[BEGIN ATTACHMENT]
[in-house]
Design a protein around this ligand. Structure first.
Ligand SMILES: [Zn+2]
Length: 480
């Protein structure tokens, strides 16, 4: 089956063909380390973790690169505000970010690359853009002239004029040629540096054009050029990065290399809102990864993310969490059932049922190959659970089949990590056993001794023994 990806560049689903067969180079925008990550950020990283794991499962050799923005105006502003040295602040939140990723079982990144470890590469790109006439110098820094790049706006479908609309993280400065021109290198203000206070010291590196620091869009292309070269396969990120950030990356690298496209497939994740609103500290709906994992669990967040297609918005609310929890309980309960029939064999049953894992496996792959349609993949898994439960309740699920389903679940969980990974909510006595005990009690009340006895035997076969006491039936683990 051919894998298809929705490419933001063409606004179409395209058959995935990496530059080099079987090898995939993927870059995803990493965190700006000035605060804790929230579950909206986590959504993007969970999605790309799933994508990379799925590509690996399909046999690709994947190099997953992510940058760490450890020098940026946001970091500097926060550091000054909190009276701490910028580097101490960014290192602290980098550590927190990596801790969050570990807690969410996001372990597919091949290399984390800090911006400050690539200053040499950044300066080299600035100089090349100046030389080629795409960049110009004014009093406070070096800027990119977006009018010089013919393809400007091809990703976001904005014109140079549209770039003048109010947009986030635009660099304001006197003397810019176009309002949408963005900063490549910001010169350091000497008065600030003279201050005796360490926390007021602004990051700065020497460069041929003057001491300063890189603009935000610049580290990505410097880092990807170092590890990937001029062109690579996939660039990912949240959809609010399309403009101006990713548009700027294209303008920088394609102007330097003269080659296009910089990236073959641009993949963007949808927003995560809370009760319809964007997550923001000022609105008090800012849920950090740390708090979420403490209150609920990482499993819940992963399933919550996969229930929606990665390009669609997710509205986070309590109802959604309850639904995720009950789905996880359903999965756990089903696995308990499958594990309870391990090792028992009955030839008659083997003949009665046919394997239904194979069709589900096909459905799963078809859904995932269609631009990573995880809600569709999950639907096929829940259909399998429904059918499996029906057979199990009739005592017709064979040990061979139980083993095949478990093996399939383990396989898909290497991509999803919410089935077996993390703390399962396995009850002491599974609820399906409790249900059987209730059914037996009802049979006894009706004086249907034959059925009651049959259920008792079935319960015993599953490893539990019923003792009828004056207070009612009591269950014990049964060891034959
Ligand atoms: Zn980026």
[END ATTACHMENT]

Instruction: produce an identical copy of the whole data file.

[in-house]
Design a protein around this ligand. Structure first.
Ligand SMILES: [Zn+2]
Length: 480
């Protein structure tokens, strides 16, 4: 089956063909380390973790690169505000970010690359853009002239004029040629540096054009050029990065290399809102990864993310969490059932049922190959659970089949990590056993001794023994 990806560049689903067969180079925008990550950020990283794991499962050799923005105006502003040295602040939140990723079982990144470890590469790109006439110098820094790049706006479908609309993280400065021109290198203000206070010291590196620091869009292309070269396969990120950030990356690298496209497939994740609103500290709906994992669990967040297609918005609310929890309980309960029939064999049953894992496996792959349609993949898994439960309740699920389903679940969980990974909510006595005990009690009340006895035997076969006491039936683990 051919894998298809929705490419933001063409606004179409395209058959995935990496530059080099079987090898995939993927870059995803990493965190700006000035605060804790929230579950909206986590959504993007969970999605790309799933994508990379799925590509690996399909046999690709994947190099997953992510940058760490450890020098940026946001970091500097926060550091000054909190009276701490910028580097101490960014290192602290980098550590927190990596801790969050570990807690969410996001372990597919091949290399984390800090911006400050690539200053040499950044300066080299600035100089090349100046030389080629795409960049110009004014009093406070070096800027990119977006009018010089013919393809400007091809990703976001904005014109140079549209770039003048109010947009986030635009660099304001006197003397810019176009309002949408963005900063490549910001010169350091000497008065600030003279201050005796360490926390007021602004990051700065020497460069041929003057001491300063890189603009935000610049580290990505410097880092990807170092590890990937001029062109690579996939660039990912949240959809609010399309403009101006990713548009700027294209303008920088394609102007330097003269080659296009910089990236073959641009993949963007949808927003995560809370009760319809964007997550923001000022609105008090800012849920950090740390708090979420403490209150609920990482499993819940992963399933919550996969229930929606990665390009669609997710509205986070309590109802959604309850639904995720009950789905996880359903999965756990089903696995308990499958594990309870391990090792028992009955030839008659083997003949009665046919394997239904194979069709589900096909459905799963078809859904995932269609631009990573995880809600569709999950639907096929829940259909399998429904059918499996029906057979199990009739005592017709064979040990061979139980083993095949478990093996399939383990396989898909290497991509999803919410089935077996993390703390399962396995009850002491599974609820399906409790249900059987209730059914037996009802049979006894009706004086249907034959059925009651049959259920008792079935319960015993599953490893539990019923003792009828004056207070009612009591269950014990049964060891034959
Ligand atoms: Zn980026």